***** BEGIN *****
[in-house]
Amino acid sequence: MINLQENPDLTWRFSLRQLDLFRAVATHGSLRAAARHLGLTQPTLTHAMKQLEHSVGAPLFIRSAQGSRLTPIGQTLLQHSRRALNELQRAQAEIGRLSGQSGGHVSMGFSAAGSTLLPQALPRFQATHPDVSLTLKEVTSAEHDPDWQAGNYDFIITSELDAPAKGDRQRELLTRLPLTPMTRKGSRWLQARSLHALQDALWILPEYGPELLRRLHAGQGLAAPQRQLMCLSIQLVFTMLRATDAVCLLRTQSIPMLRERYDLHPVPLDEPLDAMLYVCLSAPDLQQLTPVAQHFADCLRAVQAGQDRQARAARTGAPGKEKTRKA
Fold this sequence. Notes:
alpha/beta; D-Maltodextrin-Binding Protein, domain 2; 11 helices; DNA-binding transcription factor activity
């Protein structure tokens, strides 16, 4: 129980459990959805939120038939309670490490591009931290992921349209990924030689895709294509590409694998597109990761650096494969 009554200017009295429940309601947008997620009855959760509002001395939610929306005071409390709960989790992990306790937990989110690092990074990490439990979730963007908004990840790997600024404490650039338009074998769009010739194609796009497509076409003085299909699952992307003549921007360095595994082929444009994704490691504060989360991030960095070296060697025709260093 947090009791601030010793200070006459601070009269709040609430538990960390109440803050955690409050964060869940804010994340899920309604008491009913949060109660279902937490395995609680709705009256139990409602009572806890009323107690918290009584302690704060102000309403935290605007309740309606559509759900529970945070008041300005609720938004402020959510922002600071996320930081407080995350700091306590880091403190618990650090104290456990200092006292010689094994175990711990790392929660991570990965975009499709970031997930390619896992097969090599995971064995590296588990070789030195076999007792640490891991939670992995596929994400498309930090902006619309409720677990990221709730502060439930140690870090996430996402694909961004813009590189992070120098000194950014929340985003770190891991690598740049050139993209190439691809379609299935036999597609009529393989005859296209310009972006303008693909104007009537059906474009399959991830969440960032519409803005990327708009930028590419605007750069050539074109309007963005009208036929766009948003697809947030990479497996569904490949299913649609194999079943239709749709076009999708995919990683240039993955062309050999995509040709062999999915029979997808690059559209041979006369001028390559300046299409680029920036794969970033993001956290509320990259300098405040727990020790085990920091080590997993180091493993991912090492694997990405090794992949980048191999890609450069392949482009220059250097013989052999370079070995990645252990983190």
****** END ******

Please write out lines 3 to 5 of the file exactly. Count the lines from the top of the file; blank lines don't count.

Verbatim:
Fold this sequence. Notes:
alpha/beta; D-Maltodextrin-Binding Protein, domain 2; 11 helices; DNA-binding transcription factor activity
């Protein structure tokens, strides 16, 4: 129980459990959805939120038939309670490490591009931290992921349209990924030689895709294509590409694998597109990761650096494969 009554200017009295429940309601947008997620009855959760509002001395939610929306005071409390709960989790992990306790937990989110690092990074990490439990979730963007908004990840790997600024404490650039338009074998769009010739194609796009497509076409003085299909699952992307003549921007360095595994082929444009994704490691504060989360991030960095070296060697025709260093 947090009791601030010793200070006459601070009269709040609430538990960390109440803050955690409050964060869940804010994340899920309604008491009913949060109660279902937490395995609680709705009256139990409602009572806890009323107690918290009584302690704060102000309403935290605007309740309606559509759900529970945070008041300005609720938004402020959510922002600071996320930081407080995350700091306590880091403190618990650090104290456990200092006292010689094994175990711990790392929660991570990965975009499709970031997930390619896992097969090599995971064995590296588990070789030195076999007792640490891991939670992995596929994400498309930090902006619309409720677990990221709730502060439930140690870090996430996402694909961004813009590189992070120098000194950014929340985003770190891991690598740049050139993209190439691809379609299935036999597609009529393989005859296209310009972006303008693909104007009537059906474009399959991830969440960032519409803005990327708009930028590419605007750069050539074109309007963005009208036929766009948003697809947030990479497996569904490949299913649609194999079943239709749709076009999708995919990683240039993955062309050999995509040709062999999915029979997808690059559209041979006369001028390559300046299409680029920036794969970033993001956290509320990259300098405040727990020790085990920091080590997993180091493993991912090492694997990405090794992949980048191999890609450069392949482009220059250097013989052999370079070995990645252990983190």